It appears Baker's improved fastball command and more frequent fastball/curveball mix are keeping opposing hitters off-balance, leading to more strikeouts and fewer balls hit cleanly into play. Hitters who saw the Baker curveball only 7 percent of the time with two strikes last season are seeing the curve more than twice as often as an out pitch this season, 16 percent of the time, and while the pitch is getting hit, Baker is using his home ballpark's big dimensions in his favor. Baker's home ERA has plummeted from 3.86 last season to 2.21.

While opposing hitters chase more Baker curveballs, his fastball is leading to more strikeouts. Baker's strikeout-per-nine innings rate at Target Field has increased from 7.4 to 9.5. In his past four home starts, Baker is 3-1 with a 0.29 ERA. In Wednesday's 1-0 win over the Dodgers, Baker threw 87 of his career-high 119 pitches for strikes and following the game was sixth in the American League with 101 strikeouts.

Over his past four starts, Baker has nearly doubled his curveball usage with hitters chasing the pitch twice as frequently. This has made his two-strike fastball a vastly more effective pitch. When Baker does throw his more traditional fly ball, it's staying in his big home ballpark more often and now as we enter July, it's all combined to turn Minnesota's fifth starter back into its ace.

Follow Steve Berthiaume on Twitter @SBerthiaumeESPN.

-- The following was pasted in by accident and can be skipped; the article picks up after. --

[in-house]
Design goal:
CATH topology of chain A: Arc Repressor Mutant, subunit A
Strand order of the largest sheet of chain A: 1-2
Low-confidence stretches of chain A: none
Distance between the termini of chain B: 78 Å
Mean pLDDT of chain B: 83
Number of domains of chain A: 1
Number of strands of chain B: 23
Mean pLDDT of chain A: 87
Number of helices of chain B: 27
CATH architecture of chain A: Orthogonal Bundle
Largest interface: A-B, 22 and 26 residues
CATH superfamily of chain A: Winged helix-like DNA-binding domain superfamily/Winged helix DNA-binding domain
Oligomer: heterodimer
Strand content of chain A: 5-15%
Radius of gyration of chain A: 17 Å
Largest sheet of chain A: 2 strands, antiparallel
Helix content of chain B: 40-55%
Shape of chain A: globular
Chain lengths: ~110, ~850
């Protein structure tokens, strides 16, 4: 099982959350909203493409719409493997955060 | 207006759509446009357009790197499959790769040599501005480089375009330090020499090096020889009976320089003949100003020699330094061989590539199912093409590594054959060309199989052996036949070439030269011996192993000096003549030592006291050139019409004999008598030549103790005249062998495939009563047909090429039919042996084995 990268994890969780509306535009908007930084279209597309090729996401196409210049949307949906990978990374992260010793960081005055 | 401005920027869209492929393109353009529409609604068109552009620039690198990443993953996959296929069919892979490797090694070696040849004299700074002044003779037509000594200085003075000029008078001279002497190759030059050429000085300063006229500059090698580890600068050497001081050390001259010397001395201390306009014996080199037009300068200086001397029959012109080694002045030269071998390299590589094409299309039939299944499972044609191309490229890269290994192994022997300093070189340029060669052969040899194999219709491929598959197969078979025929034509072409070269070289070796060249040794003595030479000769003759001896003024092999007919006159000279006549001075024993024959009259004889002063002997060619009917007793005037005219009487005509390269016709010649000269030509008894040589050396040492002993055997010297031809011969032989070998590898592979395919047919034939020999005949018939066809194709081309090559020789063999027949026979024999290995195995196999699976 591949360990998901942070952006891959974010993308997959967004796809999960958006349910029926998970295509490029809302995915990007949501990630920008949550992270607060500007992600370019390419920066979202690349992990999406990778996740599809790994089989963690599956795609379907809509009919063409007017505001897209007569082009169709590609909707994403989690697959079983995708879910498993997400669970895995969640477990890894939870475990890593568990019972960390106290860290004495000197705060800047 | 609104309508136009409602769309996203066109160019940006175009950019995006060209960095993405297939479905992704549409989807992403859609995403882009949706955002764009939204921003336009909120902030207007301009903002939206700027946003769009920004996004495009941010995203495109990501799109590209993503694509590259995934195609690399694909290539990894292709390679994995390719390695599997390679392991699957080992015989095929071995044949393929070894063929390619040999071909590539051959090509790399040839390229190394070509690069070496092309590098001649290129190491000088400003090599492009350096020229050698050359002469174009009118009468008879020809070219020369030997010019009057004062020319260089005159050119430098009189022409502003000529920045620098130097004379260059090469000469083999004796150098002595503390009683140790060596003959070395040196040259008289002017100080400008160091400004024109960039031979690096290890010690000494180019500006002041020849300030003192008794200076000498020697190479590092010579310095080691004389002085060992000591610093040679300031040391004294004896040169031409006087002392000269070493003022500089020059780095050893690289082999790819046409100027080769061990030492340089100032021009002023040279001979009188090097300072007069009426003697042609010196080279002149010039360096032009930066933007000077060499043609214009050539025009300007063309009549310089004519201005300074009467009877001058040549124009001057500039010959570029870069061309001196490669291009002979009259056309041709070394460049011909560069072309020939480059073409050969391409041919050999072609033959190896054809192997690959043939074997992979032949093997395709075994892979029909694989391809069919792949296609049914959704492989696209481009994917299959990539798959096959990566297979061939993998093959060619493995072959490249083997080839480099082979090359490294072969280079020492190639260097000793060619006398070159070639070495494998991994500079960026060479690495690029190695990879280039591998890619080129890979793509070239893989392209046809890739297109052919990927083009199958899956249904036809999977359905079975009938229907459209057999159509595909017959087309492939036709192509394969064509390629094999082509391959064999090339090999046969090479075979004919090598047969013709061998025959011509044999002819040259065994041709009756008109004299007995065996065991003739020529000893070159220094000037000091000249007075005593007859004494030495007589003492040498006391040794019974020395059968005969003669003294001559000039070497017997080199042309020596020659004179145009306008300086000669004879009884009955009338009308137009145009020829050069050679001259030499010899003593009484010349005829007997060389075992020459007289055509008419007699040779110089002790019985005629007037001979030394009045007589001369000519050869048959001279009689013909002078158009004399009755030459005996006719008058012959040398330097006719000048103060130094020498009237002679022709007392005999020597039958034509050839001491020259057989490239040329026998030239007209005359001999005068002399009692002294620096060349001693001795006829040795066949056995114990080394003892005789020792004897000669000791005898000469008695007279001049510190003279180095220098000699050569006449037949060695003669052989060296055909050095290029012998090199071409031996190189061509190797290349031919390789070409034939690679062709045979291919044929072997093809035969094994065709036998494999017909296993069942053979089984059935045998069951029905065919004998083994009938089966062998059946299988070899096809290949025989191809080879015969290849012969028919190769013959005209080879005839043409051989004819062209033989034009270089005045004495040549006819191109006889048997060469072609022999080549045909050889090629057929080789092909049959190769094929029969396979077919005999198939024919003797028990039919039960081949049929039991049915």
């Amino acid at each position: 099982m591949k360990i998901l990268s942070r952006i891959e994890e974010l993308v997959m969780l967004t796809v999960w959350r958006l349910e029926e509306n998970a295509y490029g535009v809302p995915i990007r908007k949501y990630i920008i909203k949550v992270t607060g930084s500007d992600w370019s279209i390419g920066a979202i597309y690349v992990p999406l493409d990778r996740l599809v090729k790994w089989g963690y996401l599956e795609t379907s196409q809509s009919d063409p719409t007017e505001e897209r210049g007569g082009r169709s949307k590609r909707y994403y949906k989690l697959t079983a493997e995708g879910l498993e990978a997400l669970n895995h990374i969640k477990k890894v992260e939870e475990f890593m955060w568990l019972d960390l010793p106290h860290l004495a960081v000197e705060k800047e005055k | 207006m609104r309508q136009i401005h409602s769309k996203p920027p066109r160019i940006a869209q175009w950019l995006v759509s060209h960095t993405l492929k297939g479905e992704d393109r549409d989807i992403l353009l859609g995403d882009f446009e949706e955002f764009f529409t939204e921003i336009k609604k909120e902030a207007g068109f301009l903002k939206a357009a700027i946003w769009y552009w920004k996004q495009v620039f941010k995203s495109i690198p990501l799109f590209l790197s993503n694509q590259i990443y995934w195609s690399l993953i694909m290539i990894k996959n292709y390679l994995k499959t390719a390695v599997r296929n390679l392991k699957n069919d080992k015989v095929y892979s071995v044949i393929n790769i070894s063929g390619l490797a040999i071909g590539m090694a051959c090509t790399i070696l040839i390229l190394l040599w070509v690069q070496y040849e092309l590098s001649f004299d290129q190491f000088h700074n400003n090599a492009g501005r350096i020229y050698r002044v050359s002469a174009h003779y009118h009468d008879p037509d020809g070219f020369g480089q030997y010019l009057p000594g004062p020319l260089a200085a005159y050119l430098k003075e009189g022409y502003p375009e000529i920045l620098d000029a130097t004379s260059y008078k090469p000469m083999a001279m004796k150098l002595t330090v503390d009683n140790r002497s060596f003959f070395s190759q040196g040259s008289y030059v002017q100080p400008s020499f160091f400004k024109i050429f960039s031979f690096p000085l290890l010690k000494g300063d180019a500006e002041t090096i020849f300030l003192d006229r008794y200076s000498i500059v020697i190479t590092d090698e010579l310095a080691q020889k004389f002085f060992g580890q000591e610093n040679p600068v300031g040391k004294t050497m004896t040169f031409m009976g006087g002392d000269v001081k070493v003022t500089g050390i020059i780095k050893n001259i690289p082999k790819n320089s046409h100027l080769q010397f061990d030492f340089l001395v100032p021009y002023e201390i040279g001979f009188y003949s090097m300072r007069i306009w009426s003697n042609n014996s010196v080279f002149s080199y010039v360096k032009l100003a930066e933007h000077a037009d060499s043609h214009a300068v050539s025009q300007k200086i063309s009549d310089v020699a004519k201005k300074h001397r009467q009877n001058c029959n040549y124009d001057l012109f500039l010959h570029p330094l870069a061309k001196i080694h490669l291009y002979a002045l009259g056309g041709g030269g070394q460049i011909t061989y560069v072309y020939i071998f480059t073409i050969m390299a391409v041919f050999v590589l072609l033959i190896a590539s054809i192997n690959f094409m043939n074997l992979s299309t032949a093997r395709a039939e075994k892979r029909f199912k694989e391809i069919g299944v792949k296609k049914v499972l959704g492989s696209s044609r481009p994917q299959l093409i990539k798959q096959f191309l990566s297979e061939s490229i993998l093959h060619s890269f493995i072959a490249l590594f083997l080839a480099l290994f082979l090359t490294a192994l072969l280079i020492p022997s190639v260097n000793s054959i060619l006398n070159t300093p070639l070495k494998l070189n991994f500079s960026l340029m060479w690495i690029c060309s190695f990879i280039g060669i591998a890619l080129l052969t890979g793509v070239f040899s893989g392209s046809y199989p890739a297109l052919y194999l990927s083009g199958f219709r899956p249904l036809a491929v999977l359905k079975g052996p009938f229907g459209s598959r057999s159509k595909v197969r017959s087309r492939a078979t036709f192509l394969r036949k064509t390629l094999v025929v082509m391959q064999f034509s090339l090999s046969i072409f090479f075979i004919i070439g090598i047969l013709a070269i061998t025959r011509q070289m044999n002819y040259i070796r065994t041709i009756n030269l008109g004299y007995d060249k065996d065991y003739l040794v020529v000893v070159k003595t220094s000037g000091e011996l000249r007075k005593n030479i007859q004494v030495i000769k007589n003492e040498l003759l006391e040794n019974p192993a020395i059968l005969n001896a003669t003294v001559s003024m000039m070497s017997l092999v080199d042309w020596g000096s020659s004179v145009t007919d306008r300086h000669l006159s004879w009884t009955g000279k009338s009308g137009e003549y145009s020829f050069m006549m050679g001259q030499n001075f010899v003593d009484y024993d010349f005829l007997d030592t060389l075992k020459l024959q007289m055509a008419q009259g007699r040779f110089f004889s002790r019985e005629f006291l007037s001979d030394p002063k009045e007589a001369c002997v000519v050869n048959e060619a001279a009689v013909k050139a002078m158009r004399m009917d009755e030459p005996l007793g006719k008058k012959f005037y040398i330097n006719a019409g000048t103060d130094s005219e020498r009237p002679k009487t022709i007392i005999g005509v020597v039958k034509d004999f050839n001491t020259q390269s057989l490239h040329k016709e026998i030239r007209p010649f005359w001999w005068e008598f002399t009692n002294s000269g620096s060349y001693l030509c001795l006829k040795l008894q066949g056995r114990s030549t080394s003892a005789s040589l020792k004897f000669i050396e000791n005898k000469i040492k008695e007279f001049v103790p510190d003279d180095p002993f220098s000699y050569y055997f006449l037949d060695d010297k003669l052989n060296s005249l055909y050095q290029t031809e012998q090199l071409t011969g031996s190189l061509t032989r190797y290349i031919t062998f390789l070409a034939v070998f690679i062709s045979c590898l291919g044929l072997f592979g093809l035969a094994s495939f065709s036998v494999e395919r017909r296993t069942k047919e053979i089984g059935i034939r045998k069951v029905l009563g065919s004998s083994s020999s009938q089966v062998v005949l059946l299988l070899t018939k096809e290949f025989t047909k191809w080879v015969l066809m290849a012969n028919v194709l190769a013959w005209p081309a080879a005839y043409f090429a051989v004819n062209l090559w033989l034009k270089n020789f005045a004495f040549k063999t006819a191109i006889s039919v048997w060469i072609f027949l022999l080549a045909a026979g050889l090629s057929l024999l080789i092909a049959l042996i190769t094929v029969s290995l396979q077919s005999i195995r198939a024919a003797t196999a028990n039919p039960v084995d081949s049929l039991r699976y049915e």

Gardenhire powerless against Yankees

October, 9, 2010
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There is a parallel dimension -- actually, an infinite number of parallel dimensions -- in which the Minnesota Twins scored four or five runs Saturday night against the New York Yankees. In this dimension, the Twins still lost the game, because the Yankees still scored six runs.

The other big difference between that dimension and ours? In that dimension, wiseacres like me are questioning Ron Gardenhire's choice of Brian Duensing to start a game the Twins absolutely had to win (in this dimension, anyway).

Duensing posted a 2.63 ERA this season. Granted, he started only 13 games this season. But including last season, Duensing has started 22 games in the major leagues, and in those games he's 12-3 with a 2.93 ERA. You can't blame Duensing's manager for being impressed by those numbers. In this or any other dimension.

Still, it's not clear that Duensing is the Twins' third-best starter. His career strikeout-to-walk ratio is solid: 2.27. He's also left-handed, which is little help against the Yankees' right handed (and switch) hitting lineup. Meanwhile, Scott Baker entered 2010 as the Twins No. 1 starter, is a righty, and his 3.44 strikeout-to-walk ratio this season was the sixth best in the American League.